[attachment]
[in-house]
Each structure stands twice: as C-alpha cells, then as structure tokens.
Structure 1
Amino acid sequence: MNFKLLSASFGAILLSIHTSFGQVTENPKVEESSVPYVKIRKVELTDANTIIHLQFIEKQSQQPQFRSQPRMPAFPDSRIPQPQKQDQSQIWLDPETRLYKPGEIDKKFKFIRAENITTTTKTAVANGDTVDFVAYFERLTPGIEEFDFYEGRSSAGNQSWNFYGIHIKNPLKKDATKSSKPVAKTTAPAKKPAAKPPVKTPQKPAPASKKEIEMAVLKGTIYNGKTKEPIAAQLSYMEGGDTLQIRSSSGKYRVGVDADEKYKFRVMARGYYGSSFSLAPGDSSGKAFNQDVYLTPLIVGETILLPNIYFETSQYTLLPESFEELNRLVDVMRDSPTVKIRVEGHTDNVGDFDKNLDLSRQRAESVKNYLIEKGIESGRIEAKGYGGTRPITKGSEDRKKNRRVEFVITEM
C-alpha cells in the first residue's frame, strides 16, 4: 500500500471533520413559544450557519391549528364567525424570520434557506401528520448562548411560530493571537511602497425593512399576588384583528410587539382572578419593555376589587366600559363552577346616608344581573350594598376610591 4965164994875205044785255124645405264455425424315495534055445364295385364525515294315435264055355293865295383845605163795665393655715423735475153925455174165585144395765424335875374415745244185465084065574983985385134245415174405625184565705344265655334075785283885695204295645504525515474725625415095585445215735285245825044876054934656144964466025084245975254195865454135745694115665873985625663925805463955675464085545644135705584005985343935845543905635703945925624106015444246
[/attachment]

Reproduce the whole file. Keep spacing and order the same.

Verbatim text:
[in-house]
Each structure stands twice: as C-alpha cells, then as structure tokens.
Structure 1
Amino acid sequence: MNFKLLSASFGAILLSIHTSFGQVTENPKVEESSVPYVKIRKVELTDANTIIHLQFIEKQSQQPQFRSQPRMPAFPDSRIPQPQKQDQSQIWLDPETRLYKPGEIDKKFKFIRAENITTTTKTAVANGDTVDFVAYFERLTPGIEEFDFYEGRSSAGNQSWNFYGIHIKNPLKKDATKSSKPVAKTTAPAKKPAAKPPVKTPQKPAPASKKEIEMAVLKGTIYNGKTKEPIAAQLSYMEGGDTLQIRSSSGKYRVGVDADEKYKFRVMARGYYGSSFSLAPGDSSGKAFNQDVYLTPLIVGETILLPNIYFETSQYTLLPESFEELNRLVDVMRDSPTVKIRVEGHTDNVGDFDKNLDLSRQRAESVKNYLIEKGIESGRIEAKGYGGTRPITKGSEDRKKNRRVEFVITEM
C-alpha cells in the first residue's frame, strides 16, 4: 500500500471533520413559544450557519391549528364567525424570520434557506401528520448562548411560530493571537511602497425593512399576588384583528410587539382572578419593555376589587366600559363552577346616608344581573350594598376610591 4965164994875205044785255124645405264455425424315495534055445364295385364525515294315435264055355293865295383845605163795665393655715423735475153925455174165585144395765424335875374415745244185465084065574983985385134245415174405625184565705344265655334075785283885695204295645504525515474725625415095585445215735285245825044876054934656144964466025084245975254195865454135745694115665873985625663925805463955675464085545644135705584005985343935845543905635703945925624106015444246